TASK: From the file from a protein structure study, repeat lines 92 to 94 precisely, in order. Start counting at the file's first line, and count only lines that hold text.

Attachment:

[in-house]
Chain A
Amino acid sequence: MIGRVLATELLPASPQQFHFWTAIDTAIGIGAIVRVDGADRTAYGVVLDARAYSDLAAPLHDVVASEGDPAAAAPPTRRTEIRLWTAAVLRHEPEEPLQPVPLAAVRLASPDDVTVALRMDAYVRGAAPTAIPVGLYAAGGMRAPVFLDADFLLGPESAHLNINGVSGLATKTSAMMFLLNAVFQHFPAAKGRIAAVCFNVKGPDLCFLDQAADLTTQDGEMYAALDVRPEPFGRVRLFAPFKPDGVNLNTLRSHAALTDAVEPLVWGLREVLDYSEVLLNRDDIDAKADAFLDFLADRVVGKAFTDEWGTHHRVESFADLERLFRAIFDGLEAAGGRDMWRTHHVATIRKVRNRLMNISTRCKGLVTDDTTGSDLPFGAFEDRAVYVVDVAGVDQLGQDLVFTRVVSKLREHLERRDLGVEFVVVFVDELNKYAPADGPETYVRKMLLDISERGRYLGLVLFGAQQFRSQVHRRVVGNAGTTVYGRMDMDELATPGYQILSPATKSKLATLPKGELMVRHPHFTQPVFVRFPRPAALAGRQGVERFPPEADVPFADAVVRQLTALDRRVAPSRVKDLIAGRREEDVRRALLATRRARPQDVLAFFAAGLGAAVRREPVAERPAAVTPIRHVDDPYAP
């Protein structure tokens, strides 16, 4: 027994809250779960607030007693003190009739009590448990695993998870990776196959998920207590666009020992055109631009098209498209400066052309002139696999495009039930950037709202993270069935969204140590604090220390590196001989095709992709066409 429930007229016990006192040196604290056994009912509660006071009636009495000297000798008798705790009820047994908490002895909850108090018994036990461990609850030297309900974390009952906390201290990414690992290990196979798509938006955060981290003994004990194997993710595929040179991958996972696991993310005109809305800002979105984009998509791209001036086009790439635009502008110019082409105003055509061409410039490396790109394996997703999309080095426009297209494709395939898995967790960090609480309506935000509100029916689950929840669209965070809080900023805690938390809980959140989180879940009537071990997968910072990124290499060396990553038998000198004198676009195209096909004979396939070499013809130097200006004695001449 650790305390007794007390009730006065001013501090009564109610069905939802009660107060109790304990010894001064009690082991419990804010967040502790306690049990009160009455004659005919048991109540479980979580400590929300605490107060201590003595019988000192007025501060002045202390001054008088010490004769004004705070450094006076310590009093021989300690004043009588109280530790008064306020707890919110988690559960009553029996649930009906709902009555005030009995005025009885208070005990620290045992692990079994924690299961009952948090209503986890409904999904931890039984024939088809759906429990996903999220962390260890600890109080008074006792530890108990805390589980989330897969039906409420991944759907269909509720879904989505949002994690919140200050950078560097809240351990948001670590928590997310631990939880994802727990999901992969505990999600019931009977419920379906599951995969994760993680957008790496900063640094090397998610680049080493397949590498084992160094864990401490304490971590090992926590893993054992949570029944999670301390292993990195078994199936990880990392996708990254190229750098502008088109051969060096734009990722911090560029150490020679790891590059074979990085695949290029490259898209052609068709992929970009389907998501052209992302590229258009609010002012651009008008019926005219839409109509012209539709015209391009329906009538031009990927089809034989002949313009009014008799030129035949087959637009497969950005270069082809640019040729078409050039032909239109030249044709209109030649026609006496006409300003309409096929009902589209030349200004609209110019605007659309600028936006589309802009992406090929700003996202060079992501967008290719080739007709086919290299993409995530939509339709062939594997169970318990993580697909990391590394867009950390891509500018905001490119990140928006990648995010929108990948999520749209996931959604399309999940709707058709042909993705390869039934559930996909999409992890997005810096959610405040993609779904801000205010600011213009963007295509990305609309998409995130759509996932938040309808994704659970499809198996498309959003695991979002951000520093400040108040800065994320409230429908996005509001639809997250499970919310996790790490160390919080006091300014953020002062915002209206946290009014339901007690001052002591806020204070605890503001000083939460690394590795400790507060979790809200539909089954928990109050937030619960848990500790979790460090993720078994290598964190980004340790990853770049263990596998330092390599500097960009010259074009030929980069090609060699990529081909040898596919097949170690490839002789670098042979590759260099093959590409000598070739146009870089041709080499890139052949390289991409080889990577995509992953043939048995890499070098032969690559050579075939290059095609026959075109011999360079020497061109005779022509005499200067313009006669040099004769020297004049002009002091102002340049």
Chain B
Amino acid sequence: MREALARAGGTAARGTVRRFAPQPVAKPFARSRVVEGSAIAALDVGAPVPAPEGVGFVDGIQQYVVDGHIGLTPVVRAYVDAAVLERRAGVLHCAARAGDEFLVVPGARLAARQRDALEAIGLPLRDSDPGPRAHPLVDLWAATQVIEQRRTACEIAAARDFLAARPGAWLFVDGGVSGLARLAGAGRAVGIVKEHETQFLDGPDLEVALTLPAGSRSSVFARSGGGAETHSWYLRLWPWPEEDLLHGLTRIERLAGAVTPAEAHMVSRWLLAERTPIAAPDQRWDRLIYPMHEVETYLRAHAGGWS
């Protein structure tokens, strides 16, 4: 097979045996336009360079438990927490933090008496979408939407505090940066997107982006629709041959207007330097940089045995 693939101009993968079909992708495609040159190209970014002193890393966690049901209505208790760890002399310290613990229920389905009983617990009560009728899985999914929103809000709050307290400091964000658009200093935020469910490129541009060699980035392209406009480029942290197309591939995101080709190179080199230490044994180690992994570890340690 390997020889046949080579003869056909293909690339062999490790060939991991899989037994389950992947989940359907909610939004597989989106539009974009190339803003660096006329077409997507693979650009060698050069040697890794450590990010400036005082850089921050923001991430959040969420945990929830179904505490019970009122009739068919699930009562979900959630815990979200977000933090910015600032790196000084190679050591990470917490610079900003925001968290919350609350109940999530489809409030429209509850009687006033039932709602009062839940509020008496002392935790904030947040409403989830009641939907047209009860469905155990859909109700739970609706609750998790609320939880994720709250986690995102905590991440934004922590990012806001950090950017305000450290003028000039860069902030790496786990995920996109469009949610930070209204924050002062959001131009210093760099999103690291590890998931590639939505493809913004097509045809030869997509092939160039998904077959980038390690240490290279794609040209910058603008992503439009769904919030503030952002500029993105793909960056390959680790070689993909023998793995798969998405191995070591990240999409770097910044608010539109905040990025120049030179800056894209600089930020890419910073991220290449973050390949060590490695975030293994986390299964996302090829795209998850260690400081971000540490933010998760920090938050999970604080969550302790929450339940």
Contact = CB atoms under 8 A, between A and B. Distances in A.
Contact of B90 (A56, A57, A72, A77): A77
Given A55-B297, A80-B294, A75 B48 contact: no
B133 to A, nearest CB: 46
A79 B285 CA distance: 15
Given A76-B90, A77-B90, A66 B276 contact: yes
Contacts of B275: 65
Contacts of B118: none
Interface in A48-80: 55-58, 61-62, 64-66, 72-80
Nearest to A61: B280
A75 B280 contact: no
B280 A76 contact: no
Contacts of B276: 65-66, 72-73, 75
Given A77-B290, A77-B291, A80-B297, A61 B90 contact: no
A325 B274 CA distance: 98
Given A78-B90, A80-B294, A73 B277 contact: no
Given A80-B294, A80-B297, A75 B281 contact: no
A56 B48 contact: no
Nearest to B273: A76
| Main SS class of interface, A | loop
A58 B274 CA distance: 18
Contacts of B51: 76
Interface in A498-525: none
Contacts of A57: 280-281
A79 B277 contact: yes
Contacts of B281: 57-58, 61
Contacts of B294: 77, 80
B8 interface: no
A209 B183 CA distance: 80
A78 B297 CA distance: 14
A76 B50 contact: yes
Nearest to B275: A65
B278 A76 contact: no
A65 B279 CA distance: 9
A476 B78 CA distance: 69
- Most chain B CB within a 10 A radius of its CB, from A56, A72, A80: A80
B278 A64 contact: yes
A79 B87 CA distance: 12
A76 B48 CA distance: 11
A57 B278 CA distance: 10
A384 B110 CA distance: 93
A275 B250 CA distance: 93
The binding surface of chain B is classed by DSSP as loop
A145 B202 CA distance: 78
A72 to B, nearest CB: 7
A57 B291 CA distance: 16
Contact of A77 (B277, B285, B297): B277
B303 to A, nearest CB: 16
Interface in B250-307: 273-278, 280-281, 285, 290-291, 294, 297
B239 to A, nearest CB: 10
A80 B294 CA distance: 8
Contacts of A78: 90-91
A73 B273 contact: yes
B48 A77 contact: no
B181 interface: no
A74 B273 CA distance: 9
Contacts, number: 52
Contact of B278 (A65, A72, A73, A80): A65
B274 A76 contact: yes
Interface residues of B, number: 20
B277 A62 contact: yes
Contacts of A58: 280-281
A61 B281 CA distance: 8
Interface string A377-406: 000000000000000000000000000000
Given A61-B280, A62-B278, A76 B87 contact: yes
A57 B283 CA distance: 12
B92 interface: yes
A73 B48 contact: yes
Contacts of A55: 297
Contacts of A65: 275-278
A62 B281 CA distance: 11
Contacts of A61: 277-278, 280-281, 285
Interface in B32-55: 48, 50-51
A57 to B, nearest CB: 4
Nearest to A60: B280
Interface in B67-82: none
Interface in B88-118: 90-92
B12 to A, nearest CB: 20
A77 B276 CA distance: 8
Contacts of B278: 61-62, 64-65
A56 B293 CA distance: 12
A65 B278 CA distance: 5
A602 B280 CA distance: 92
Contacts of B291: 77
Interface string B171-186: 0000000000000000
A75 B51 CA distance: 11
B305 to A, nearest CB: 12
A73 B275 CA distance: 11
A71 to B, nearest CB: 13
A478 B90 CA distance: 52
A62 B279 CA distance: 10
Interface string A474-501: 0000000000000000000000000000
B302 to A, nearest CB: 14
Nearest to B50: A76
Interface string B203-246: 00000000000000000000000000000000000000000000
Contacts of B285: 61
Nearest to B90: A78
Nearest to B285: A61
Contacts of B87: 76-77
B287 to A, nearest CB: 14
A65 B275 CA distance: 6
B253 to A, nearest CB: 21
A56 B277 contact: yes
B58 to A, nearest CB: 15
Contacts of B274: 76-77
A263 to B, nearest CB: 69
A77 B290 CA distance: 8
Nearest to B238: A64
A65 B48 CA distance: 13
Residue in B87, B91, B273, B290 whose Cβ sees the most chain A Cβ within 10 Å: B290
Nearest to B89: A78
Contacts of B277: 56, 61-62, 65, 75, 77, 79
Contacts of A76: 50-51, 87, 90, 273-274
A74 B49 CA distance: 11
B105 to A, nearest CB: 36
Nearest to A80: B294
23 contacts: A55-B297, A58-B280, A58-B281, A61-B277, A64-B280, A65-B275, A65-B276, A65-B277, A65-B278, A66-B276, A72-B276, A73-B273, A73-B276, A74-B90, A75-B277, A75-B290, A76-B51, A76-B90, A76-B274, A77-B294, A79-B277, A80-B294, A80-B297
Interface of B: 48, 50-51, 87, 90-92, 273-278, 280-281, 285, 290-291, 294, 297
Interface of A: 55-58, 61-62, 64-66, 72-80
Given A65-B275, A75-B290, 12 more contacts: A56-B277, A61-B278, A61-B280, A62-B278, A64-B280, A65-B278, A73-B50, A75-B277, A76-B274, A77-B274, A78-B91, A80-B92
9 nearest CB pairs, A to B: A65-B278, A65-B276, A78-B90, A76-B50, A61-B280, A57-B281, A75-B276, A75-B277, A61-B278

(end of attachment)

Interface string B171-186: 0000000000000000
A75 B51 CA distance: 11
B305 to A, nearest CB: 12